In a December article by FX Empire, published by on US stock exchange Nasdaq’s website, it referred to the significant impact of the coronavirus on the foreign exchange market. The article stated that in 2020, “Currencies were often bought and sold based on traders’ desire to increase or decrease their exposure to riskier assets rather than on individual fundamentals.”
As we move forward into 2021, the piece said that “traders’ attention will slowly shift towards individual fundamentals,” although this will be dependent on the impact the coronavirus has on markets as the year progresses.
In January, Bloomberg said that investor sentiment is improving as more people are vaccinated against Covid-19, yet predicted that the US dollar would continue to fall as its economy recovers from the effects of the pandemic.
Michael Stark, Market Analyst at Exness, says that although the forex trading environment remains unpredictable, with countries such as the UK closing their borders due to surges in the virus, nations which have experienced more success in containing the spread of Covid-19 may see their currencies rise in value.
“Assuming everything goes to plan, you’d expect trade-sensitive and risk-on currencies like the Aussie and Kiwi dollars plus most emerging currencies to make gains while majors and especially havens retrace their gains against these. That said, what will actually happen is still unclear. Political pressure on countries like the UK and Germany to shut their borders entirely and eradicate Covid-19 instead of live with it might make the wait even longer for the return to normal.”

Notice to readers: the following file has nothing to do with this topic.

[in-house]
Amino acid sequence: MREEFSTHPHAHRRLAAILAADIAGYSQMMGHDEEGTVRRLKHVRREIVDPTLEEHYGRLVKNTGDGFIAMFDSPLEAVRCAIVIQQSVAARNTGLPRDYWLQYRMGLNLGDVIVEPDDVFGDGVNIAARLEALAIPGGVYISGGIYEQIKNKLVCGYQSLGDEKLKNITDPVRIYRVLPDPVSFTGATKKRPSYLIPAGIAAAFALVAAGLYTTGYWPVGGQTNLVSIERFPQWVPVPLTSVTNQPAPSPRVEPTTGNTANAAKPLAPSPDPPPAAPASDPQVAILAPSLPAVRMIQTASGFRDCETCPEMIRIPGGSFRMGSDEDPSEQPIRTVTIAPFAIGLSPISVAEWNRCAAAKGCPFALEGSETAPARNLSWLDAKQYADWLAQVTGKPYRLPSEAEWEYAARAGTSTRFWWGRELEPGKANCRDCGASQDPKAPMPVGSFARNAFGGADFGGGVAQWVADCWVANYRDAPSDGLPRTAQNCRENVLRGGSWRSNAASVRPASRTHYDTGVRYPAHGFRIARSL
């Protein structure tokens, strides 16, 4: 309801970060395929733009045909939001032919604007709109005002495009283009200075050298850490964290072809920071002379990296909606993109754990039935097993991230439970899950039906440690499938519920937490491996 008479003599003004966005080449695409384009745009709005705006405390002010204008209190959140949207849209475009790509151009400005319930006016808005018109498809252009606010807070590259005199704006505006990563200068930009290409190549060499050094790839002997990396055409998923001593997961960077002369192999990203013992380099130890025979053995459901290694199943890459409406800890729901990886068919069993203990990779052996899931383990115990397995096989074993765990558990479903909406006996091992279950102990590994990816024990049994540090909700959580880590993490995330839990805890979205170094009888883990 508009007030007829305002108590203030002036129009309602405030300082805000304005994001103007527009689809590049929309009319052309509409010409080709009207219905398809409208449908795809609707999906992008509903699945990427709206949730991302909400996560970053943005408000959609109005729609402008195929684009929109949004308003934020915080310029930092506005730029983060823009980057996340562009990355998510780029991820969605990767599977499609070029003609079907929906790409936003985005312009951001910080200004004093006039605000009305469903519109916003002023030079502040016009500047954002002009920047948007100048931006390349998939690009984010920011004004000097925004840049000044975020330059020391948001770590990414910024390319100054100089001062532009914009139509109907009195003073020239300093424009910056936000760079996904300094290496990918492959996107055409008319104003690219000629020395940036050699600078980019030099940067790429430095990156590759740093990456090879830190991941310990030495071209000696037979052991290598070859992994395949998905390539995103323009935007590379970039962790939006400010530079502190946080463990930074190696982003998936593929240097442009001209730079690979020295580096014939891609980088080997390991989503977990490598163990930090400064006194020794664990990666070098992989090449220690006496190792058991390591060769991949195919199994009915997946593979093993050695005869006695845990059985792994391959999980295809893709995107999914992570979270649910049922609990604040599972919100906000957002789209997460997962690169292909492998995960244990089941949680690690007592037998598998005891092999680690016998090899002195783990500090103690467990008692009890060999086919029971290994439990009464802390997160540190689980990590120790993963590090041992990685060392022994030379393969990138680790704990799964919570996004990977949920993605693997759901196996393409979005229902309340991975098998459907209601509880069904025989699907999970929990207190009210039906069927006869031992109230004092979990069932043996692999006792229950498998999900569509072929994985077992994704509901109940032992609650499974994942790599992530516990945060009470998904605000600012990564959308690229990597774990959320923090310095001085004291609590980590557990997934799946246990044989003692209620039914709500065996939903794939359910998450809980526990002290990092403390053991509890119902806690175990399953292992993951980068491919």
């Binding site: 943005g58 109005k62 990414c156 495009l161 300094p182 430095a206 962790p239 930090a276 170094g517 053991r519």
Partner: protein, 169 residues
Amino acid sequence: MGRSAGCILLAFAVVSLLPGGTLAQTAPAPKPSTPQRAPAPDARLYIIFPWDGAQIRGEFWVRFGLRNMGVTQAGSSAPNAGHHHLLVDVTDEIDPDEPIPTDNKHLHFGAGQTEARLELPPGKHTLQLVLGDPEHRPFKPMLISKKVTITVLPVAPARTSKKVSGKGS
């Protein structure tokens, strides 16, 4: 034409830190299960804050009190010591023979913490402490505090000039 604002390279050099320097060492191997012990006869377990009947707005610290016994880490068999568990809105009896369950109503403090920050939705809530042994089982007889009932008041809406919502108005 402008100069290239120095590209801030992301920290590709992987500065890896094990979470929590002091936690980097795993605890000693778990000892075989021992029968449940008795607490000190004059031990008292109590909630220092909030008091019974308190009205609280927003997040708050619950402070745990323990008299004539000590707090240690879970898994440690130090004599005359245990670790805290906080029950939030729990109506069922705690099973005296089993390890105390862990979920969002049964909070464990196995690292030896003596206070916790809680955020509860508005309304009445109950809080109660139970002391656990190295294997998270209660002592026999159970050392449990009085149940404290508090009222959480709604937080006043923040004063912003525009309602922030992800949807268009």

With Reuters also predicting a further weakening of the dollar in 2021, Monte Safieddine, a Market Analyst at IG, says that this trend will continue to affect forex trading.
“So far it isn’t just predictions of a weaker dollar, but also positioning with larger speculators holding a majority buy (or long) bias of all the FX majors against the US dollar anticipating further greenback
weakness. But that makes it a relatively crowded trade, and hence we’ve been seeing retraceable moves off the lows in say the US Dollar Index that has given forex traders positioning opposite a chance to unwind at times, while testing strategies that rely on price momentum on a lack of follow-through beyond key levels,” he says.
“Should that dollar weakness persist gradually, and the pain felt by traders that have been buying at key support levels will be at a relative minimum, while a ‘short squeeze’ against the majority would do just that, forcing traders into scrambling to cover shorts.”
Raed Alkhedr, Equiti’s Head of Market Research & Analysis, says that a continuing weakness of the dollar may drive investors to turn to less secure investments.
“If the US dollar continues to weaken due to lower interest rates and a stimulus package, that will keep lower risk investments like bonds less attractive for investors, and they will seek out higher returns via riskier investments, such as stocks. Therefore, we could see a rally in the stock markets and industrial metals, as well as commodities paired with currencies such as the Australian, Canadian, and New Zealand dollar.”